The year 2006 was my freshman year of college, and I was excited to plug in to the “Facebook Phenomenon” that everyone had been fussing about. I was warned, by caring teachers and coaches, to “never post anything on the Internet that I didn’t want to see again in 15 years”. Good advice, which I took.
I wasn’t introduced to social media until I was 18, which made it easier for me to realize that I had a bright future ahead of me, which could be ruined if I, or one of my friends, foolishly posted an incriminating photograph of me on the Internet.
Fast forward to now. 7 years later. Students, as young as 10 have access to a variety of social media websites; Instagram, Snapchat, Facebook, Twitter, and many more. However, unlike my generation, these young people do not understand the damage that can be done by the publication of a incriminating photograph online– and the 13-17-year-olds of today are NOTHING like Kevin and Winnie from the Wonder Years. They feel that the Internet is a free-for-all, where adolescent mistakes and hormones can run wild, simply to be forgotten about after high school graduation.
In the past sites like Instagram and Facebook wouldn’t allow nude pictures to stay on their sight; however, that doesn’t prevent young people from posting pictures drinking alcohol and smoking pot, both of which are “life ruining photographs” (sadly, these are activities that our 13-17-yer-olds are doing these days).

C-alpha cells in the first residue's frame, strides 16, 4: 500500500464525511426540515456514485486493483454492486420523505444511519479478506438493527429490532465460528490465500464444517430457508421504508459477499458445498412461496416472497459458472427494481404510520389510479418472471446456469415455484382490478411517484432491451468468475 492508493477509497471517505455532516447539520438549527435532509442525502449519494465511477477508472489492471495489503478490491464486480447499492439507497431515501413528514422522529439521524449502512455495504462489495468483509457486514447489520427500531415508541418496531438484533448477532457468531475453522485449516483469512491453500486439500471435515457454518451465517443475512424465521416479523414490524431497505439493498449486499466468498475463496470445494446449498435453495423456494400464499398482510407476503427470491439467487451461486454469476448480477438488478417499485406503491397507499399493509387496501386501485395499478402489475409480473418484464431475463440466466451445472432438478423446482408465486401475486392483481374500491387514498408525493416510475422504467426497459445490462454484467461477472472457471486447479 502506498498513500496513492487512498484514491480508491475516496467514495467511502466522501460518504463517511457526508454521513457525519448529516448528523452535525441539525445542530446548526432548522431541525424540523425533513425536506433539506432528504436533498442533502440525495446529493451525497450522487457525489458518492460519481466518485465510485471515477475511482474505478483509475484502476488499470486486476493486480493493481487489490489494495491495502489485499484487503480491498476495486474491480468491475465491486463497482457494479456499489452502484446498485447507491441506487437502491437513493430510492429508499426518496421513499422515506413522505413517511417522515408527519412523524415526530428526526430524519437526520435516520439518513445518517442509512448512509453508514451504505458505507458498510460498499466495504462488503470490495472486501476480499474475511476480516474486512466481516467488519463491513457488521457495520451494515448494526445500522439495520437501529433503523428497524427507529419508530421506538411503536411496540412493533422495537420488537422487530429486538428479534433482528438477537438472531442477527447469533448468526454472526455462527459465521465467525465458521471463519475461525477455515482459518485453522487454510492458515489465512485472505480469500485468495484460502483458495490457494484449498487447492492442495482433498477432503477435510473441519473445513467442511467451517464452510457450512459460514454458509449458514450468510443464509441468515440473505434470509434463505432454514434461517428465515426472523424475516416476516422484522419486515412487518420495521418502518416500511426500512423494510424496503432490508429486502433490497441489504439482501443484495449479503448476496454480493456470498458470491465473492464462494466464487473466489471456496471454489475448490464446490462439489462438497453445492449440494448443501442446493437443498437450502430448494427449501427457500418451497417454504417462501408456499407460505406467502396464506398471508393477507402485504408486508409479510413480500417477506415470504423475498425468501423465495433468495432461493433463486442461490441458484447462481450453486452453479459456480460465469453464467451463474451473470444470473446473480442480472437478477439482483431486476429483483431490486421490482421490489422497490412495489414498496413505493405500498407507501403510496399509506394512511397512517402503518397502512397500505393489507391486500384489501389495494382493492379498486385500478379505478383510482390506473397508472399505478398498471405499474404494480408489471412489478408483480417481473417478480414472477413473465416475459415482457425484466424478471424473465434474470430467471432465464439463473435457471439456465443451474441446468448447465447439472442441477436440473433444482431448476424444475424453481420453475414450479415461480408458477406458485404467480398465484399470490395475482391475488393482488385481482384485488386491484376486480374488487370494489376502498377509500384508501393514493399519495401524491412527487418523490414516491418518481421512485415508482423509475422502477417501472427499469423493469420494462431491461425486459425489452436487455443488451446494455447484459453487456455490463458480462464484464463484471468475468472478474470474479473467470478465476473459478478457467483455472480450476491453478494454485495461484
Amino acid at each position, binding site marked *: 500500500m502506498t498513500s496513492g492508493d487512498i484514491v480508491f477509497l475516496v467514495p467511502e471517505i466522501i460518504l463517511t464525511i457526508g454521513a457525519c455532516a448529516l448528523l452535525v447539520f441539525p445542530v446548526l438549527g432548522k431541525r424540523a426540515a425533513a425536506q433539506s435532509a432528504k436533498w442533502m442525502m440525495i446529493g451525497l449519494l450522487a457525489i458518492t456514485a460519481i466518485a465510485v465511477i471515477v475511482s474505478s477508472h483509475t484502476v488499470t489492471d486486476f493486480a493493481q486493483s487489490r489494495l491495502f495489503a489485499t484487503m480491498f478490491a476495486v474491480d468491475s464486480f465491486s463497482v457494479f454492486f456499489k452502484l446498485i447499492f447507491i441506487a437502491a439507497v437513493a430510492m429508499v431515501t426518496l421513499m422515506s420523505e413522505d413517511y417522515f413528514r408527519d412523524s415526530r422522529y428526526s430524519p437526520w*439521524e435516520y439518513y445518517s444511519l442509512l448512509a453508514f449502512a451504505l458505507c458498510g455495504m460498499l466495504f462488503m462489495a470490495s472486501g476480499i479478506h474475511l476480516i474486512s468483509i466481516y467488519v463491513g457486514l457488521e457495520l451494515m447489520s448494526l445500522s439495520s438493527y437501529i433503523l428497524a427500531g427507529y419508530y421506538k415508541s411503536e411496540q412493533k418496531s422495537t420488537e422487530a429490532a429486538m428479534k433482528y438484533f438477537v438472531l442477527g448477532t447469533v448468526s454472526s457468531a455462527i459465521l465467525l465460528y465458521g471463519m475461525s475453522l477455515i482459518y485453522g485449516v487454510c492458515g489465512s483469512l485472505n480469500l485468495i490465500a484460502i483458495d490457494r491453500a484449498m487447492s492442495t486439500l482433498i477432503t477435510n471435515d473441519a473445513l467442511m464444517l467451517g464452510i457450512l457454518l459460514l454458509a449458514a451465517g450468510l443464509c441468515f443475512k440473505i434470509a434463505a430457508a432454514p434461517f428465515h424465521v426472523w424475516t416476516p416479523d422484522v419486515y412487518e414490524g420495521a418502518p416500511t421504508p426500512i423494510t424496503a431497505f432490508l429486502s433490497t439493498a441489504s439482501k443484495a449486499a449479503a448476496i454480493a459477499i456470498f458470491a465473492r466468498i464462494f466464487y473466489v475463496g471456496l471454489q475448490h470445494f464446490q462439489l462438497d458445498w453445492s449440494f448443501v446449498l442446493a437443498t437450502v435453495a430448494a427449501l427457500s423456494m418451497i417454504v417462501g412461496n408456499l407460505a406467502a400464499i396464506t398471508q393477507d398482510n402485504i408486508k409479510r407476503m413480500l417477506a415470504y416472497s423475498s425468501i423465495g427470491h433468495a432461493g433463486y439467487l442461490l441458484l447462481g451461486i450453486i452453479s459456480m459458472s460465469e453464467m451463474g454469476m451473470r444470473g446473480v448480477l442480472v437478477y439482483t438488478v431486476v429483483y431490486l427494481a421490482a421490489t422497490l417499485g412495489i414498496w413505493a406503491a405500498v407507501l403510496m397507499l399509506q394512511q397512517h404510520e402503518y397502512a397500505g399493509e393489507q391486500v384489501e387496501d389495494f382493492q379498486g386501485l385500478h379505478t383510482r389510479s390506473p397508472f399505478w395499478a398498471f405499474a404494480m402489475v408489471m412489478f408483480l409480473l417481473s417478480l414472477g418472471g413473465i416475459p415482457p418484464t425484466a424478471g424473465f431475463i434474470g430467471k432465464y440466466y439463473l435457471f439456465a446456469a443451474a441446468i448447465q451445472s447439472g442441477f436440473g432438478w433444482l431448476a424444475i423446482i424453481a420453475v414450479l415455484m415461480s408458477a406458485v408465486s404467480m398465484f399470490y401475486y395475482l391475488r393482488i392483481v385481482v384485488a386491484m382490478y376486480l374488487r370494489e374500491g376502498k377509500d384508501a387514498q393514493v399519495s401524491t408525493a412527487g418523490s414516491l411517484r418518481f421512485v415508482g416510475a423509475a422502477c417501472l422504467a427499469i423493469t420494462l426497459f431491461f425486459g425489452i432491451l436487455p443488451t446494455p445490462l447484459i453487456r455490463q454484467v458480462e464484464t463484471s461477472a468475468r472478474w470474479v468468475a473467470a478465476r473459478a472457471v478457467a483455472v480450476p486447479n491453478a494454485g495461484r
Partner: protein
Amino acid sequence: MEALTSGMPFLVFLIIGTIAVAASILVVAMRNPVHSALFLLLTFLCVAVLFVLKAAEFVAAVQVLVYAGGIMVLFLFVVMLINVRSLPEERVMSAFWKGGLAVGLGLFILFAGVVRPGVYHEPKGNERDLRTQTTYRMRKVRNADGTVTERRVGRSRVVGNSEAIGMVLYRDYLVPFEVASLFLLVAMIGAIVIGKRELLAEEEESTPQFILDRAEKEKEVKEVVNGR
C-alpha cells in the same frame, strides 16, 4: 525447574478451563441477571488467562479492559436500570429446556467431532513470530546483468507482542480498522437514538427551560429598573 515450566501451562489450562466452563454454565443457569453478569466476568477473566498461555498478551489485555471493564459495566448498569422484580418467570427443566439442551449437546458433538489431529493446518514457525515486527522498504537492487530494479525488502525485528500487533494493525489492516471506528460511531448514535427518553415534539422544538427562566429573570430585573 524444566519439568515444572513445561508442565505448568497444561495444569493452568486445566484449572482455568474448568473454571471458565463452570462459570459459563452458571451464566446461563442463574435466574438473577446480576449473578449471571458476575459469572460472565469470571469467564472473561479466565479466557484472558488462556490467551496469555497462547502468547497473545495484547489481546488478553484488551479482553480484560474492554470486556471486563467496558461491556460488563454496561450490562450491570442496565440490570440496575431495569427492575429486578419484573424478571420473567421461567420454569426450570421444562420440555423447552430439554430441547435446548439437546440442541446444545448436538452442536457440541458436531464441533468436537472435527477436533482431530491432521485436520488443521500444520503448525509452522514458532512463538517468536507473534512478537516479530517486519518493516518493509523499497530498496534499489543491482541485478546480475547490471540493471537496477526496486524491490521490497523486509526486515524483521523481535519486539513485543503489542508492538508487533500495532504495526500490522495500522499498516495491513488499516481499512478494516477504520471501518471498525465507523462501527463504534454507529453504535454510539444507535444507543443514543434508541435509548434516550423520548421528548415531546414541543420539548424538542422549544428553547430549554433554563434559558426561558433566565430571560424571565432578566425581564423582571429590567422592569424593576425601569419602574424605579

But lately there has been a huge new development in social media; Instagram, in attempt to keep up with Snapchat, has installed private photo and video messaging. This scares me for our young people. Sure, young people have always had the ability to send inappropriate photo text messages, but they also had the fear that their parents would check their phone records, etc…
Youth will send things in a private internet message that they would never send in a text message. A certain amount of confidence is instilled in a young person when they know their nude picture is being sent “privately” via an Internet sight. They do not understand that once it is on the Internet, it is there forever. Not to forget, that once a young person sends a photo it is at the receiver’s disposal forever.
These photos will resurface someday, probably at the moment our young people least want them to;
job Search: Employers do social media searches of applicants, and if interviewers know where to look, no photo is impossible to find.
Politics: If a young person aspires to be a politician it is certain that every incriminating photograph they have posted WILL be found, sooner or later.
Teaching: How would a young person of this generation feel if one of their future students found a photo of them with a joint or alcohol in high school? That would ruin a teachers disciplinary credibility.
If you are the teacher of, or parent of, a young person; please, educate them. DON’T WAIT UNTIL THEY ARE 18, it may be too late. Educate them when they enter middle school (elementary school even)… and never stop reminding them.
Don’t set your child, or student, up for failure buy neglecting this lesson.
(Additionally, please don’t be offended by my statements, not all children will fall victim to this, but it could happen to anyone– even perfectly behaved 4.0 students can make a mistake.)